When George Miller became the first Asian-born solo artist to top the hip-hop and R&B charts in late 2018, his feelings were mixed. On the one hand, he was proud—who wouldn’t be? Not only were people listening to his music, but he’d also become the face of something bigger than himself, a new chapter in the changing narrative of race and representation in pop music. On the other hand, it wasn’t like he’d ever thought of himself as an Asian artist before—just an artist. Still, he considered himself a guest of the culture. And like any good guest, he wanted to carry himself with respect. Or, as he once joked, to take off his shoes when he came into the house.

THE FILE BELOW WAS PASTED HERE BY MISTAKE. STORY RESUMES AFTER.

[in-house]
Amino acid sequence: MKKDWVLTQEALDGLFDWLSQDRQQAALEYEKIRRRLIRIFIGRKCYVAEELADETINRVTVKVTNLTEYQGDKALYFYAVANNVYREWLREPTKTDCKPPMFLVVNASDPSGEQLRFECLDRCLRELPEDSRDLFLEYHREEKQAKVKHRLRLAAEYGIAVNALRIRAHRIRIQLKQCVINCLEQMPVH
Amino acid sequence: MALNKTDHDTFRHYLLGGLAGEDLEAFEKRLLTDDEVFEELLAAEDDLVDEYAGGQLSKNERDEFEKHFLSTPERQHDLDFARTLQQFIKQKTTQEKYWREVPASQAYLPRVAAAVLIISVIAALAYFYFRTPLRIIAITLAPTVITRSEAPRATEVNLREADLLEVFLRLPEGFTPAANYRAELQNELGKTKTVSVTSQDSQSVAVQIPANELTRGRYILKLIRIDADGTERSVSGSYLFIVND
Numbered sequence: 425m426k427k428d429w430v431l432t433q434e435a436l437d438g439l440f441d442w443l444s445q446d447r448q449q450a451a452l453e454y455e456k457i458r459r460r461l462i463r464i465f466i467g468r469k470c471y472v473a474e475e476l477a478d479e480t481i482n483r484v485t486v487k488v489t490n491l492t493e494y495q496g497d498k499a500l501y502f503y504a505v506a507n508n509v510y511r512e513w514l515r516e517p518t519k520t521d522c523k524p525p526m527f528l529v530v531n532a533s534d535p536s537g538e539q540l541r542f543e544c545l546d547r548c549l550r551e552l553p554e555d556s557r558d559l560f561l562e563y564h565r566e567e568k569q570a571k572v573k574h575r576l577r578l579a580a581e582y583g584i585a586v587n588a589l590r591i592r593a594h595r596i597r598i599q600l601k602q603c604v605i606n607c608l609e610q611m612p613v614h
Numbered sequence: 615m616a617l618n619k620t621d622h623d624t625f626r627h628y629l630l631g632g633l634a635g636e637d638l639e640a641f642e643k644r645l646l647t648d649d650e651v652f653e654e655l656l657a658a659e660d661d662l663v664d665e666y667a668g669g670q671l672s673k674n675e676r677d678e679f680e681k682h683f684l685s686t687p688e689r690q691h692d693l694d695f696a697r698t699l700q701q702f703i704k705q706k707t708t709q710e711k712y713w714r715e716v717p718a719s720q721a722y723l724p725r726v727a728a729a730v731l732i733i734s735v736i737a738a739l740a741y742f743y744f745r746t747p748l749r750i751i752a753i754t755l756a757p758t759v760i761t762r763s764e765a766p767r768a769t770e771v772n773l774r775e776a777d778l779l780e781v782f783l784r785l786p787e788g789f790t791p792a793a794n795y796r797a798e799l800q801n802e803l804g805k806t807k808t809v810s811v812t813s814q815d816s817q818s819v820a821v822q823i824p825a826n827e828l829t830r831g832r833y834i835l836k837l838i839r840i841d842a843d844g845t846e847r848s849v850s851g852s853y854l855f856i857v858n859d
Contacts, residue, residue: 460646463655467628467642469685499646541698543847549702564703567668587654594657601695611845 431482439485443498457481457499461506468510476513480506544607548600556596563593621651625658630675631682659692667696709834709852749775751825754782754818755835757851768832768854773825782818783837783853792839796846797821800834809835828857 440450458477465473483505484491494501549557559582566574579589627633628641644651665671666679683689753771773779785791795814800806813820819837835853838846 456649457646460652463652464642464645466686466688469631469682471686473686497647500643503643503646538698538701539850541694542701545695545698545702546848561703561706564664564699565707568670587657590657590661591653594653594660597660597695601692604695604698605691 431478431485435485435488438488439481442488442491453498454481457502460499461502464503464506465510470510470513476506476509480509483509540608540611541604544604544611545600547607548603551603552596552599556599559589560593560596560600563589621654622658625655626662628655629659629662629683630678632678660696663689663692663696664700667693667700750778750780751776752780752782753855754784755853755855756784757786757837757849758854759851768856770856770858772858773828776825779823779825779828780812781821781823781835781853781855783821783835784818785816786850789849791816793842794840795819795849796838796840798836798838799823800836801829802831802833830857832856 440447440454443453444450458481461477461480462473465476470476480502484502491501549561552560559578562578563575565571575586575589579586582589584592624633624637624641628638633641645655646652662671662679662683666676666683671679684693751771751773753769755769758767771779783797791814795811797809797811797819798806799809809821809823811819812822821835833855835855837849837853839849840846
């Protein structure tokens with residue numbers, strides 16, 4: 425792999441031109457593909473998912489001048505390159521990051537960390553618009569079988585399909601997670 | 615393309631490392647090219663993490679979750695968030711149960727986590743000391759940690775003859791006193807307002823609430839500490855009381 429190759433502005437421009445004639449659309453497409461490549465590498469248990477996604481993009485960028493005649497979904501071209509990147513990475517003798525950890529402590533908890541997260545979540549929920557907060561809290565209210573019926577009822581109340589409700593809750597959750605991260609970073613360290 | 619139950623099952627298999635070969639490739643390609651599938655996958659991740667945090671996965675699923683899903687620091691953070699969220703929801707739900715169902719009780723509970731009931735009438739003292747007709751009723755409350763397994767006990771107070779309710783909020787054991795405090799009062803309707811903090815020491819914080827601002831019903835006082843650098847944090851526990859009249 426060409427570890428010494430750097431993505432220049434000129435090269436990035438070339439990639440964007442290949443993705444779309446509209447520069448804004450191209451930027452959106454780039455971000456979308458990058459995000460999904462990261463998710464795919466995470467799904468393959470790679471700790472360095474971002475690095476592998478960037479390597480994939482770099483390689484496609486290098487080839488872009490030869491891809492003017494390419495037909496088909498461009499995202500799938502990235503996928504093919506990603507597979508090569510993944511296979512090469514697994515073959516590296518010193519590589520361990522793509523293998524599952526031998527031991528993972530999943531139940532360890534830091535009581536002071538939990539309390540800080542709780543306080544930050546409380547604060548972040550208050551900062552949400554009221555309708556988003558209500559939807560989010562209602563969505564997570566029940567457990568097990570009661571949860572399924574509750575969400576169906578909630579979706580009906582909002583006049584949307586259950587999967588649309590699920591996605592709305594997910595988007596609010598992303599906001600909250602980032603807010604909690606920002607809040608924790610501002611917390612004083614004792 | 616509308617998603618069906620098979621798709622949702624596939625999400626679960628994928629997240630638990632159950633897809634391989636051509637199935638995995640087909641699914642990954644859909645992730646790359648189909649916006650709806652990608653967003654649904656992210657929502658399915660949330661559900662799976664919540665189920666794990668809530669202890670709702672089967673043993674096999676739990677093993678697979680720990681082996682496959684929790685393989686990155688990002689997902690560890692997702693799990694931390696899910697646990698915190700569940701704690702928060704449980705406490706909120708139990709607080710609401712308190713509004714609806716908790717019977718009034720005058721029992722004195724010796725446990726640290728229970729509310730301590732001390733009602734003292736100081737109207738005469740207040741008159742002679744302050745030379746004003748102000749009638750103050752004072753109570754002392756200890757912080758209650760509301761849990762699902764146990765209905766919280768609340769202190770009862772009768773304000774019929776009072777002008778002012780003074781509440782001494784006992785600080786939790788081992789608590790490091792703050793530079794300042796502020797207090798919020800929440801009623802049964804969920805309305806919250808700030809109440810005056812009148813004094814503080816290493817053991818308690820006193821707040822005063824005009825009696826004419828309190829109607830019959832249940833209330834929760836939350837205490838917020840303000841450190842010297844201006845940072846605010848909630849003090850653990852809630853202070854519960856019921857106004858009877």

Born in Osaka in 1992, Miller got his start as the creator of two irreverent and highly popular YouTube personalities, Filthy Frank and Pink Guy—projects that didn’t necessarily reflect his artistic ambitions, but proved his firm handle on the fluid vernacular of internet culture. Since debuting Joji in late 2017, Miller has become a key voice in a clique of younger hip-hop and R&B artists—including his peers in the 88rising collective—who have managed to connect as seamlessly with Asian audiences as with American ones, a reflection of both the changing demographics of global culture and the border-free nature of life online. And his music—moody, downcast ballads and sleek electro-pop—only underscores the idea that in an increasingly digital world, where you’re from is less important than what you’re into.
BORN18 September 1992